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Here Are The Most Common Respiratory Diseases In Kids

by Josie Rhodes Cook

According to the Centers for Disease Control and Prevention, back in 2014, 161 children under the age of 15 died from asthma-related problems in the United States. Worldwide, an estimated 44 percent of asthma cases among children are thought to be related to environmental exposure causes, according to reports from the World Health Organization released Monday. So what are the most common respiratory diseases in kids, and is asthma the number one disease of this type for that age group?

According to CNN, every year, "environmental pollutants cost an estimated 1.7 million lives among children under 5," based on reports from WHO. One of those reports states that infants exposed to indoor or outdoor air pollution — which includes secondhand smoke — have an increased risk of pneumonia in childhood, as well as an increased risk of chronic respiratory diseases, like asthma, for the remainder of their lives. So asthma is a concern the world over. According to the American Academy of Allergy, Asthma & Immunology, approximately 250,000 people die prematurely every year from asthma internationally, and almost all those deaths are avoidable.

But what are some other top respiratory illnesses and diseases, and which of them strongly impact children?

In October of 2014, UnityPoint Health of Des Moines listed the top eight respiratory illnesses and diseases as follows:

  1. Asthma
  2. Chronic obstructive pulmonary disease (COPD)
  3. Bronchitis
  4. Emphysema
  5. Lung Cancer
  6. Cystic Fibrosis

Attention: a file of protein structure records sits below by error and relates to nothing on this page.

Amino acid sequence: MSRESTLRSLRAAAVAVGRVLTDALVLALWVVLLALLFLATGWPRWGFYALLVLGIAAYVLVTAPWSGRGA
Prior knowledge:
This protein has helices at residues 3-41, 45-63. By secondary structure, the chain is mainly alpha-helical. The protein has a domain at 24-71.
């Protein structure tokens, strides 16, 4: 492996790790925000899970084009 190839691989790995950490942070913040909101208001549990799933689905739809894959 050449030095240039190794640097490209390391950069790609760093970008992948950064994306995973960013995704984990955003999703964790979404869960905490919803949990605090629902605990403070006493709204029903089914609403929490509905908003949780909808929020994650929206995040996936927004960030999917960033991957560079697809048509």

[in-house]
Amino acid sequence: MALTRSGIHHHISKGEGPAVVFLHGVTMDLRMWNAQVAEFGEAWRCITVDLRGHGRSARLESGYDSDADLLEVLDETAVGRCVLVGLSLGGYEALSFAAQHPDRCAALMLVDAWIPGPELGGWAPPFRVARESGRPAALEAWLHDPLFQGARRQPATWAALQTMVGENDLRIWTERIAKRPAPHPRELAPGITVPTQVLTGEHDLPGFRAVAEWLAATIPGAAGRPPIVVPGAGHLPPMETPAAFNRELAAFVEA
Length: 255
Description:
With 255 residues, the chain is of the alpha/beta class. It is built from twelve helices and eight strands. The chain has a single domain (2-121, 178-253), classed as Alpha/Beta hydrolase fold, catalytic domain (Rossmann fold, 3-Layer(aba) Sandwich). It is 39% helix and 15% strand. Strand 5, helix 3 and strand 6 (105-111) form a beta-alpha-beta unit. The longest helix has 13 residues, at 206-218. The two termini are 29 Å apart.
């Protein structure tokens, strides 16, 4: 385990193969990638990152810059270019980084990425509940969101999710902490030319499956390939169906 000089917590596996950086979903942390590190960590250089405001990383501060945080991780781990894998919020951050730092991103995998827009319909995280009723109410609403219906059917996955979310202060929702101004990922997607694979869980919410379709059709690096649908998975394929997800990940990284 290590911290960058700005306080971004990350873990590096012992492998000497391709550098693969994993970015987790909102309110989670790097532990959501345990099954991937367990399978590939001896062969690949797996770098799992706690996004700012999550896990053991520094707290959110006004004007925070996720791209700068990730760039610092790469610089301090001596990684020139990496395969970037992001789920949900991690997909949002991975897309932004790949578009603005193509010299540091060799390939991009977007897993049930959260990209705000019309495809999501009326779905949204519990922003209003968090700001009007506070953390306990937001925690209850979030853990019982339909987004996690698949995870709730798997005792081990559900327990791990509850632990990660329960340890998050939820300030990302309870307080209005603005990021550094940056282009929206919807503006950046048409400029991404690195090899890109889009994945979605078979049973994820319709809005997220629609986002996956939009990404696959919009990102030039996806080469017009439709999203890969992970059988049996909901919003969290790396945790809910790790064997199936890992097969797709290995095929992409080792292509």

7. Pneumonia
  8. Allergies

The National Heart, Lung, and Blood Institute reported that when it comes to that number one ailment, in the U.S., more than 25 million people are known to have asthma, and of those, about seven million are children with asthma.

Pneumonia is another common childhood illness. In fact, reported that pneumonia affects 150 to 156 million children under the age of 5 each year. And while modern treatments have caused the sickness to be less of a concern for children in the United States, in developing countries, pneumonia remains a big threat to kids.

But according to, technically, the most common respiratory infection is the common cold. It's caused by more than 200 different viruses that result in inflammation in the upper respiratory tract, so it makes sense that it's a leading respiratory infection.

WebMD reported that babies and toddlers can have eight to 10 colds a year by the time they turn 2 years old. Children who are preschool aged have about nine colds a year, and kindergartners can have 12 each year. Adolescents and adults, according to that site, get about two to four colds a year.

The CDC reported that each year in the U.S., there are millions of cases of the common cold. Millions. The center also reported that colds are the main reason that kids miss school and adults miss work.

As it is the most common respiratory infection, many parents might look for ways to help their kids avoid catching a cold — and ways to prevent getting a cold or the flu themselves that they could pass on. Health lists several ways to avoid colds and flu, including washing hands as often as possible, regularly getting plenty of sleep, maintaining a healthy diet, and steering clear of those with cold symptoms.